April 10, 2022

What animals eat snakes

What animals eat snakes

Who is the enemy of snakes, so well protected by nature? Do they have any enemies at all? It is generally believed that snakes have a fierce hatred for people: when they meet a person, the snake will rush to attack, and if it escapes, it will chase them for a long time. In fact, this is not the case. Snakes feed on rodents, birds, insects, birds’ eggs, and humans are indifferent to them.  What animals eat snakes?

What are snakes?

Snakes are commonly called a peculiar group of animals, representing the class of reptiles. They are represented by a single order – scales. All of them are predators. However, among the huge variety of these animals there are both harmless and cute creatures, and creatures that pose a serious threat to other animals and, of course, people.

Snakes have been found by humans on almost every continent. The exceptions are Antarctica, some large (New Zealand, Ireland) and small islands of the Atlantic Ocean and central Pacific. Currently on our planet there are more than 3,000 species of all kinds of snakes. About a quarter of them are poisonous. By the way, all of them are grouped into 14 families.


What animal eats snakes? Since childhood, everyone remembers the beautiful tale of R. Kipling about the brave mongoose. It is the friend of humans and the enemy of snakes Rikki-tikki-tavi. Indeed, mongooses are not afraid of snakes, because they are agile and dodgy. In India, for example, they are specially tamed and kept as pets in places where venomous snakes live. They easily adapt to humans and will bravely defend their master if a venomous snake crawls into the territory where he lives. The animal boldly rushes at the snake, which is often stronger and larger than itself. However, his agility and stealth help him defeat the snake and grab it by the neck, biting through its spine. The snake is defeated and can be eaten.

Does the mongoose have immunity to snake venom? Yes, it does, but only to the venom of snakes that live in the same place as the mongoose, and it is immune from birth. It is not uncommon for an animal to be hit by a snake, but it takes a large amount of venom to kill it. Experiments have shown that if the mongoose is transported to other regions inhabited by other snake species, it becomes just as vulnerable to their venom as all other animals.


Brazil is home to a snake mussurana. It goes out to hunt at night and catches snakes coming down from the shore to drink water. When it spots a poisonous snake, the mussurana swiftly pounces on it, entwines with it in a ball, sinks its teeth into the neck and, moving its teeth, makes its way to the head. Clamping the snake’s head with her teeth, the mussurana turns it, like an unscrewed nut, 360°. It breaks the bones of the spine, and the snake is paralyzed. The mussuran begins to swallow at the head. The paralyzed snake gradually disappears into the snake’s mouth. In those cases where the victim is too big and can not be swallowed whole, only half of the snake enters the stomach. The other half, sticking out of the mouth, the mussurana gradually retracts into the stomach until it swallows it whole.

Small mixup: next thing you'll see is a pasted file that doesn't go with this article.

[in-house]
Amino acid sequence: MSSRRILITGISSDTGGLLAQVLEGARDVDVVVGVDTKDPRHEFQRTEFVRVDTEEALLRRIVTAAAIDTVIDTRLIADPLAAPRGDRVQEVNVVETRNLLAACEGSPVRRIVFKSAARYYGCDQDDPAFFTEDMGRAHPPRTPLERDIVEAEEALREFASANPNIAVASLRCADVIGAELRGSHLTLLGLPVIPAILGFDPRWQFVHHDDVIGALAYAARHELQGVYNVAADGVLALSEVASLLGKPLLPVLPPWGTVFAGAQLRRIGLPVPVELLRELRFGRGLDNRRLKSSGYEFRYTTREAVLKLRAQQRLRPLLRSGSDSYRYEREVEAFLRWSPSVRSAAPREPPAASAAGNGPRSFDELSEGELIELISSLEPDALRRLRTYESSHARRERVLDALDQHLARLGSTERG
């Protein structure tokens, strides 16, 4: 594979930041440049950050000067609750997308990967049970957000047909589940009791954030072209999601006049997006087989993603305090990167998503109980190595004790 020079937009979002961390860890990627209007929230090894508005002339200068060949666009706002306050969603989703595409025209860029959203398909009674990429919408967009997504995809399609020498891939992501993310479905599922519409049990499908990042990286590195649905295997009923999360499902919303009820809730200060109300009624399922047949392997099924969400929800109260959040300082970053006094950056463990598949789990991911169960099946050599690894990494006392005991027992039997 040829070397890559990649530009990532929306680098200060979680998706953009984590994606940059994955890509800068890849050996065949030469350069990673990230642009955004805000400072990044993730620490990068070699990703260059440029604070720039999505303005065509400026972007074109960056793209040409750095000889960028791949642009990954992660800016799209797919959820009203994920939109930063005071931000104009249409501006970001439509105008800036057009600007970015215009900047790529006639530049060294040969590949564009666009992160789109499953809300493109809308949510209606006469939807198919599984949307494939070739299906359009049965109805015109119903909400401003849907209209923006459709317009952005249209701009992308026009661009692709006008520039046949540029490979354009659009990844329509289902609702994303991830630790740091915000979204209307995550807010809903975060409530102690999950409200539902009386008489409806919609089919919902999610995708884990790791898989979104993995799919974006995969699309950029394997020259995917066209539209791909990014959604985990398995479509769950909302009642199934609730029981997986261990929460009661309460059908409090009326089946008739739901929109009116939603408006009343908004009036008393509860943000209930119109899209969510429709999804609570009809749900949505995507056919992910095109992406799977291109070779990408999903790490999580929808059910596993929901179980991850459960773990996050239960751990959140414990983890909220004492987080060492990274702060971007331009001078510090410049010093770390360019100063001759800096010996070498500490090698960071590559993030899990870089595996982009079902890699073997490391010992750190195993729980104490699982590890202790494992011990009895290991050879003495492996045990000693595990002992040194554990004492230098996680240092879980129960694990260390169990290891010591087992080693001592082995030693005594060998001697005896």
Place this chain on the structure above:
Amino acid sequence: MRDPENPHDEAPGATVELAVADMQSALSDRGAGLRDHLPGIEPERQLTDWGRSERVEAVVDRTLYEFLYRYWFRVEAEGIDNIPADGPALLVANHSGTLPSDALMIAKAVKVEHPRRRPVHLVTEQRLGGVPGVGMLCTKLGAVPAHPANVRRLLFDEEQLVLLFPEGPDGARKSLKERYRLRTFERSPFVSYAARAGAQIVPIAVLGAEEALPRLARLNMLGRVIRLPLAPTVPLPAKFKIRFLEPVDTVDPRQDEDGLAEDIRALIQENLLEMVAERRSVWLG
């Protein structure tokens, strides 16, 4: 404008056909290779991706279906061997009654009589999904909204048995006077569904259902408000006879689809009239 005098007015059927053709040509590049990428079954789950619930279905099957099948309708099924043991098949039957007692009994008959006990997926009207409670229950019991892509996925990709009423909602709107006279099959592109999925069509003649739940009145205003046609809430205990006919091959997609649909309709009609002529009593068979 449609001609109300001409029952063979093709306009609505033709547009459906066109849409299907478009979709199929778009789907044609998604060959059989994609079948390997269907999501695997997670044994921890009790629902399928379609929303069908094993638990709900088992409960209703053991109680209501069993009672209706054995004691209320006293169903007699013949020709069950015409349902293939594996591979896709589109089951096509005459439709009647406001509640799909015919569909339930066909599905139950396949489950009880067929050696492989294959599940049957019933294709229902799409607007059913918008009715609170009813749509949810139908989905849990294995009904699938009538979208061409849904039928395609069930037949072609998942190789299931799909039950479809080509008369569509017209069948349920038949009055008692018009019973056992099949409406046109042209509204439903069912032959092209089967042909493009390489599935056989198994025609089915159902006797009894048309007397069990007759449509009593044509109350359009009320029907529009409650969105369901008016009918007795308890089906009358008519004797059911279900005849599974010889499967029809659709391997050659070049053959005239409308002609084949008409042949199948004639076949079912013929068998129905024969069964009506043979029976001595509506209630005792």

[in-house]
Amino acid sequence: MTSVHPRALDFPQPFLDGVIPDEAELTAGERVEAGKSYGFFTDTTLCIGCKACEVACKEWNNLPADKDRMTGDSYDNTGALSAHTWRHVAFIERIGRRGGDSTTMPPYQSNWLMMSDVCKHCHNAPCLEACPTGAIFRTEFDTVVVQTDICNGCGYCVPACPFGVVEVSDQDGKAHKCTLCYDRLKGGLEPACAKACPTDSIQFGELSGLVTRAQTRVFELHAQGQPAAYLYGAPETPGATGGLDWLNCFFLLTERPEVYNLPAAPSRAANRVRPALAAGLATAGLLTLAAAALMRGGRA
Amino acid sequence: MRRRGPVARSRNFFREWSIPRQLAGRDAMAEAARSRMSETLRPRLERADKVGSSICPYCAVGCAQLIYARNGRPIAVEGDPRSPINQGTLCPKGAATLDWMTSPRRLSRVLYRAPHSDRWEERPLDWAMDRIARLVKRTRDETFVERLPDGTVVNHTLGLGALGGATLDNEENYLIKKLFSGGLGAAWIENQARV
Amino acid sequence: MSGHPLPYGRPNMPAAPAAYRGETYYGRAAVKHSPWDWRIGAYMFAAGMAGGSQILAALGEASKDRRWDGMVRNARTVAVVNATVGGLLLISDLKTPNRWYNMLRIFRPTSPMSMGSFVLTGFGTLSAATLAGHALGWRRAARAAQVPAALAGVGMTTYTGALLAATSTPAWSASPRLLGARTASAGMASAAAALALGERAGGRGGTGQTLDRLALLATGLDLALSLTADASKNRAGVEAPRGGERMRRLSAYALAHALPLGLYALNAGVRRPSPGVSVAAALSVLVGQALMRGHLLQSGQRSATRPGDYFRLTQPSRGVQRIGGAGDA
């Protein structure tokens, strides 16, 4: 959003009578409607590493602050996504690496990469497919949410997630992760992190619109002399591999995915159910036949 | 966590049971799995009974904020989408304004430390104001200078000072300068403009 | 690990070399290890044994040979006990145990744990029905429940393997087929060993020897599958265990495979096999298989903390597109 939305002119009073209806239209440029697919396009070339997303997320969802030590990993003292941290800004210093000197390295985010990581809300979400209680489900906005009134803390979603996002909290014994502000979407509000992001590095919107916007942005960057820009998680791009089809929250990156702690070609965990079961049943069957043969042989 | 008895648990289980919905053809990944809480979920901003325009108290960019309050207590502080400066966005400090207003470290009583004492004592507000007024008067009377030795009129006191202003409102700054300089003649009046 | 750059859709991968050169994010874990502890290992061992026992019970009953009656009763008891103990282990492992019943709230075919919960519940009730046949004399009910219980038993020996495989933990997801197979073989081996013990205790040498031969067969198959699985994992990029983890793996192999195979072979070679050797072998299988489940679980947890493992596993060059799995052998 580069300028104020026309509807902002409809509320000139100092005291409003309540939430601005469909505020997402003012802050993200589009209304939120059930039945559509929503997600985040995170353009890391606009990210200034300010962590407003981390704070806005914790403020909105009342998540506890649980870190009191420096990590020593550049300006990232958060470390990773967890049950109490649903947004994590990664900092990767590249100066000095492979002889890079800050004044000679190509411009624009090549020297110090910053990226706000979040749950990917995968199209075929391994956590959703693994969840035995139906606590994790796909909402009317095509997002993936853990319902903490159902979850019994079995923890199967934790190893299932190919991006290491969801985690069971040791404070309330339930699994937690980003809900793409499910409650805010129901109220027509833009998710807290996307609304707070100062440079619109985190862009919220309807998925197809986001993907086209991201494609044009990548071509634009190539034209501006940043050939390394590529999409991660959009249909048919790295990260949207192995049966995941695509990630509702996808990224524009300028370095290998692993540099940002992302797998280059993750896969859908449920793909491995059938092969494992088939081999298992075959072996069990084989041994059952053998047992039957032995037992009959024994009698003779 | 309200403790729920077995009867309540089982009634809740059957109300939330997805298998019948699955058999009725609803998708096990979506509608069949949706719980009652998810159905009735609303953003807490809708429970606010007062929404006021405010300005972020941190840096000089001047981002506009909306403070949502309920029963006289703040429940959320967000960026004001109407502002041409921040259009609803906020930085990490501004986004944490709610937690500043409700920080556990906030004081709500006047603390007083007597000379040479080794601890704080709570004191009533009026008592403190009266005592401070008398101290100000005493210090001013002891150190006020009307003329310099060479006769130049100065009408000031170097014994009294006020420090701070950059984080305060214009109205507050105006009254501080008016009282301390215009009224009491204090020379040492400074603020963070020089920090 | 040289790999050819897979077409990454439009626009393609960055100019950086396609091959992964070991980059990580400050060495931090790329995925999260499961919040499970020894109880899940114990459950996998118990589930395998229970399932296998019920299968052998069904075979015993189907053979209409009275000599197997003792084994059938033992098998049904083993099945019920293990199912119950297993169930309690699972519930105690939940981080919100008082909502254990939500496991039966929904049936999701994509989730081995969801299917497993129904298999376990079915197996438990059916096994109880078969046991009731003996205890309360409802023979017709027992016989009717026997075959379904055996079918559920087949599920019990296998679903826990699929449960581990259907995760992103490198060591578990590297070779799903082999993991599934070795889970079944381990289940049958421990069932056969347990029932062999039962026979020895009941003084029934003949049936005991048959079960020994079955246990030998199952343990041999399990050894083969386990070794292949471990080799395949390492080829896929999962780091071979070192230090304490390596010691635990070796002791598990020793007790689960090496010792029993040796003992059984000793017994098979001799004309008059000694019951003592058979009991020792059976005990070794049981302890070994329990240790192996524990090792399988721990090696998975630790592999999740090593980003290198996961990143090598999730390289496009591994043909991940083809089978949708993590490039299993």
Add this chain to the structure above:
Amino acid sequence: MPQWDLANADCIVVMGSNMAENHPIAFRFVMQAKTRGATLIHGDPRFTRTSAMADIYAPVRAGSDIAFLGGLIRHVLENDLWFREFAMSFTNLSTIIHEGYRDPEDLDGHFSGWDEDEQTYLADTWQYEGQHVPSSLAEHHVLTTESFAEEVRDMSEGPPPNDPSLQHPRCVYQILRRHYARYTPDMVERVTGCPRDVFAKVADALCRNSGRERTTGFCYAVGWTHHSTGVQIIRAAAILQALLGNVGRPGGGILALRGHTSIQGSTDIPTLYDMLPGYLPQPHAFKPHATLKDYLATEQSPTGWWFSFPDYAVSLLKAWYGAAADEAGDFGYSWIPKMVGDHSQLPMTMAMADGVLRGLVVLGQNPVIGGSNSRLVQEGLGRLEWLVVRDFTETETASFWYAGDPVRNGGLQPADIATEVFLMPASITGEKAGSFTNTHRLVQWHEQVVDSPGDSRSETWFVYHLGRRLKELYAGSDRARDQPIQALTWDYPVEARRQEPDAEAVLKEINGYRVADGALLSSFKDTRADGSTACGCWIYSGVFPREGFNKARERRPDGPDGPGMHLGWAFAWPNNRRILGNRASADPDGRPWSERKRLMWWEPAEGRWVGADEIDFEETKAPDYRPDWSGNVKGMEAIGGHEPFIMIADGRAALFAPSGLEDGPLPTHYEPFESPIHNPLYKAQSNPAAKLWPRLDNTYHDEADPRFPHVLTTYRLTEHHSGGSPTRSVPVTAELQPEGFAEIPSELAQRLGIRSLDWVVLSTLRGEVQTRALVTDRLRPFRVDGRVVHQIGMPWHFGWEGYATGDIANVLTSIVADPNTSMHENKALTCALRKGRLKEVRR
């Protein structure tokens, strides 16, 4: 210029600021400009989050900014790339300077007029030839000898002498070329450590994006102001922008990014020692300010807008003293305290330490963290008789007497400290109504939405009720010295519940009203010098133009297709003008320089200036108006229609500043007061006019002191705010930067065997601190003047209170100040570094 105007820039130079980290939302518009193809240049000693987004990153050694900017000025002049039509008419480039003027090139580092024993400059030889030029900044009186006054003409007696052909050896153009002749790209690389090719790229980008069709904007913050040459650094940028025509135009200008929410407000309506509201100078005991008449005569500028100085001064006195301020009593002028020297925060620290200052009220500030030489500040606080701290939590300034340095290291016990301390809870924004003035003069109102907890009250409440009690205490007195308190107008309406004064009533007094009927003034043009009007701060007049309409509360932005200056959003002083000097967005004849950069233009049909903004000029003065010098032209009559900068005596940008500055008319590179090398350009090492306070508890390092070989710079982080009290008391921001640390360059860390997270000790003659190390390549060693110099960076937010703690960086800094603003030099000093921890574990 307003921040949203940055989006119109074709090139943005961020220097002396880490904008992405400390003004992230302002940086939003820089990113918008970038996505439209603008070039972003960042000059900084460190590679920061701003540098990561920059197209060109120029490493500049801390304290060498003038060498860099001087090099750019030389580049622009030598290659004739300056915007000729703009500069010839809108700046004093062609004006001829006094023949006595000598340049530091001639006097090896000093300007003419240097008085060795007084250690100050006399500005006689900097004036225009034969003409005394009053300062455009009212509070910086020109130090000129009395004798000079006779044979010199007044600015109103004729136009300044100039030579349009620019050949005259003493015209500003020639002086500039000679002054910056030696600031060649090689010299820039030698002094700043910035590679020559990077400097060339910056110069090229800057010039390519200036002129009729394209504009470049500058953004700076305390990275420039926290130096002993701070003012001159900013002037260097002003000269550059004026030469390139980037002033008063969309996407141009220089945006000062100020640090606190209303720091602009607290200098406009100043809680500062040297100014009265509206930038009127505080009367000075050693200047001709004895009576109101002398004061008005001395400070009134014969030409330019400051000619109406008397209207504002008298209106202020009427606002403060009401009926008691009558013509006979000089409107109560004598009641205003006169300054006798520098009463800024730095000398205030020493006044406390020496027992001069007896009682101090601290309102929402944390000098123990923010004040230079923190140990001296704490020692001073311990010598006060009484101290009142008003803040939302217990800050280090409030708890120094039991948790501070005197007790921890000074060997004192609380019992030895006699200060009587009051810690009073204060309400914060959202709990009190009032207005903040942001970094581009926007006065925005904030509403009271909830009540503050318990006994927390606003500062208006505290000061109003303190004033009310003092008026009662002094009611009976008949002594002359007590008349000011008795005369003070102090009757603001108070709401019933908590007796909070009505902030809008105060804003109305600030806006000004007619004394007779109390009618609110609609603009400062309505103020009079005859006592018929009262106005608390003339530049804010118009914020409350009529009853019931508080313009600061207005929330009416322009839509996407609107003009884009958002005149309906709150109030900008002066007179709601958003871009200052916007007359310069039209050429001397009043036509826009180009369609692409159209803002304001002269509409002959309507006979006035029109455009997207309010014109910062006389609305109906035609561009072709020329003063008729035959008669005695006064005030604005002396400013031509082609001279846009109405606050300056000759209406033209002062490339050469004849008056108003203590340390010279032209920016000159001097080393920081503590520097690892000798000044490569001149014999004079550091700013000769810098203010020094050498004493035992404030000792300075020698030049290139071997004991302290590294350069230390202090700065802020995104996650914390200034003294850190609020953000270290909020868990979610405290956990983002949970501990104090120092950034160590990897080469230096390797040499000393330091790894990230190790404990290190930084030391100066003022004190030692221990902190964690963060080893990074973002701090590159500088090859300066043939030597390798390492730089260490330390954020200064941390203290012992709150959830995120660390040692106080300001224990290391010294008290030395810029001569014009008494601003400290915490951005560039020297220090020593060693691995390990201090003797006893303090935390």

An interesting feature of these prickly animals is that their bodies are insensitive to snake venom. Also, they are not particularly worried about being bitten by a dangerous adversary, because the vulnerable parts of the body are covered by densely planted prickles. When catching such prey, the hedgehog makes a lightning bite of great force and immediately afterwards curls up in a ball. This tactic protects the hedgehog from a dangerous retaliatory strike. Then the animal repeats its trick and continues until the snake is completely weakened. Now the snake becomes easy prey for the hedgehog, which, by the way, is a dangerous and ruthless predator. So the hedgehog is the animal that eats snake.


In India and other countries where venomous snakes live, the relatively small Neomorphinae live. Unlike mongoose and mussurana it has no immunity to snake venom, but it has another property. Dexterous and very agile, when it sees a venomous snake, it spreads its feathers in all directions, turning into a large fluffy ball. Attacking, the snake strikes the feathers without reaching the body of the bird, which tries to catch the snake by the neck. Before that, the bird with its long and strong beak strikes the snake in the head until it loses its orientation, partially losing its mobility as well.

The Secretarybird also likes to eat poisonous snakes – a tall, graceful bird with a long beak resembling tweezers, with which it is able to penetrate the skull of a reptile. What animal kills snakes from the air? Some eagles hunt snakes, with a different way of hunting. Having spotted a reptile crawling on the ground, they dive down sharply, grab the snake and lift it to the height of their flight, and from there throw it down, often choosing stony places for that. Sometimes you can see a large bird in the sky with a snake wriggling in its talons.


In the wild, snakes eat a variety of foods. They are all predators and often attack even snakes. As you may have noticed in the Mussurana example, snakes often feed on other snakes. And often there are even cases of cannibalism, when a snake feeds on another snake, which belongs to its species. This is normal for many reptiles, so there is nothing surprising about it. If you look for animals that eat snakes, snakes are often these animals. 

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April 10, 2022

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